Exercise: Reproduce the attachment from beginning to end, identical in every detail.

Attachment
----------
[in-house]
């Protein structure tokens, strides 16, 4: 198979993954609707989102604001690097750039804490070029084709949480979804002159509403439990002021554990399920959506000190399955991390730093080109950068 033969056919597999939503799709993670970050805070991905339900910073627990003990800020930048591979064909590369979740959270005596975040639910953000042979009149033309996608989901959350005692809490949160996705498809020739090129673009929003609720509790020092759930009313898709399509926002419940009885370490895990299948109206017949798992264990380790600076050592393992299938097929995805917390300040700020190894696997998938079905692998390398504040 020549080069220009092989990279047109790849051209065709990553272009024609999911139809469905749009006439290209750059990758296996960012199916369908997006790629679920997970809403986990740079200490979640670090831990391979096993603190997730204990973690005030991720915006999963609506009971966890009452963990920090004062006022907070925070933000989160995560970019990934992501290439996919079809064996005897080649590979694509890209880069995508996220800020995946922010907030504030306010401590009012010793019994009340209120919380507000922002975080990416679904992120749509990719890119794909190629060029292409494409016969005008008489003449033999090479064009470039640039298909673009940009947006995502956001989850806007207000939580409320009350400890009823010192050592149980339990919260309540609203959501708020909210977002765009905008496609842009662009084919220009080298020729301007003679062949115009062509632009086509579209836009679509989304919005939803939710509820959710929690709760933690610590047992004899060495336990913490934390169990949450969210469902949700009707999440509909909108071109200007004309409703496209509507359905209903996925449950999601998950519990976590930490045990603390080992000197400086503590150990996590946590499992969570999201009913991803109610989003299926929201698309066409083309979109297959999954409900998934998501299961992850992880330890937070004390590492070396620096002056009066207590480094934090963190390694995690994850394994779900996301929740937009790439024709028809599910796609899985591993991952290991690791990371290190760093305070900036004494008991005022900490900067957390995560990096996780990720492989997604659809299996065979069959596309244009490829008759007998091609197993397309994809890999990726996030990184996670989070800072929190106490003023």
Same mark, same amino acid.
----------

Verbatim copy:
[in-house]
């Protein structure tokens, strides 16, 4: 198979993954609707989102604001690097750039804490070029084709949480979804002159509403439990002021554990399920959506000190399955991390730093080109950068 033969056919597999939503799709993670970050805070991905339900910073627990003990800020930048591979064909590369979740959270005596975040639910953000042979009149033309996608989901959350005692809490949160996705498809020739090129673009929003609720509790020092759930009313898709399509926002419940009885370490895990299948109206017949798992264990380790600076050592393992299938097929995805917390300040700020190894696997998938079905692998390398504040 020549080069220009092989990279047109790849051209065709990553272009024609999911139809469905749009006439290209750059990758296996960012199916369908997006790629679920997970809403986990740079200490979640670090831990391979096993603190997730204990973690005030991720915006999963609506009971966890009452963990920090004062006022907070925070933000989160995560970019990934992501290439996919079809064996005897080649590979694509890209880069995508996220800020995946922010907030504030306010401590009012010793019994009340209120919380507000922002975080990416679904992120749509990719890119794909190629060029292409494409016969005008008489003449033999090479064009470039640039298909673009940009947006995502956001989850806007207000939580409320009350400890009823010192050592149980339990919260309540609203959501708020909210977002765009905008496609842009662009084919220009080298020729301007003679062949115009062509632009086509579209836009679509989304919005939803939710509820959710929690709760933690610590047992004899060495336990913490934390169990949450969210469902949700009707999440509909909108071109200007004309409703496209509507359905209903996925449950999601998950519990976590930490045990603390080992000197400086503590150990996590946590499992969570999201009913991803109610989003299926929201698309066409083309979109297959999954409900998934998501299961992850992880330890937070004390590492070396620096002056009066207590480094934090963190390694995690994850394994779900996301929740937009790439024709028809599910796609899985591993991952290991690791990371290190760093305070900036004494008991005022900490900067957390995560990096996780990720492989997604659809299996065979069959596309244009490829008759007998091609197993397309994809890999990726996030990184996670989070800072929190106490003023």
Same mark, same amino acid.